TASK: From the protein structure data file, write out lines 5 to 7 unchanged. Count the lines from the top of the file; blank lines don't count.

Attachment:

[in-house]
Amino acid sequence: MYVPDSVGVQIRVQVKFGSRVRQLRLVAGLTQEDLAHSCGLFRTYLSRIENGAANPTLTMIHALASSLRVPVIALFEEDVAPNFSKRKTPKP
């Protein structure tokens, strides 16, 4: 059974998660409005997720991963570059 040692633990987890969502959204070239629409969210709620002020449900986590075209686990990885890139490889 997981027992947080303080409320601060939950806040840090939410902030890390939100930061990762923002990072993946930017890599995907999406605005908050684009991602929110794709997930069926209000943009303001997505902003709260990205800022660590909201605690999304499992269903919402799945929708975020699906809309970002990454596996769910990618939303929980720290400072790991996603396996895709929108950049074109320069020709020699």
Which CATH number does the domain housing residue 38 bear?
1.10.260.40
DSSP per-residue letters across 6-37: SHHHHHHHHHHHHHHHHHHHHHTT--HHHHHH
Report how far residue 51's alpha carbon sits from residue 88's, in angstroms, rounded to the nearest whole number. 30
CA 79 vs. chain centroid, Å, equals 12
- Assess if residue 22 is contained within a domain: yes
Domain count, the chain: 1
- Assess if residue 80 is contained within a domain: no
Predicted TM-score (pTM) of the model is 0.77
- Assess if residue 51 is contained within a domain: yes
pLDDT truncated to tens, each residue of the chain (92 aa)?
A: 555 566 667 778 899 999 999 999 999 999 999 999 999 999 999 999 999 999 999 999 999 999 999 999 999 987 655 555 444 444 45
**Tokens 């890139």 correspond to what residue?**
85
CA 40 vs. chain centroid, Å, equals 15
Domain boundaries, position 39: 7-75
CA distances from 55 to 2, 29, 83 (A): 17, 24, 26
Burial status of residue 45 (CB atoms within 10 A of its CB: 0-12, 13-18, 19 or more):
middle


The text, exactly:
1.10.260.40
DSSP per-residue letters across 6-37: SHHHHHHHHHHHHHHHHHHHHHTT--HHHHHH
Report how far residue 51's alpha carbon sits from residue 88's, in angstroms, rounded to the nearest whole number. 30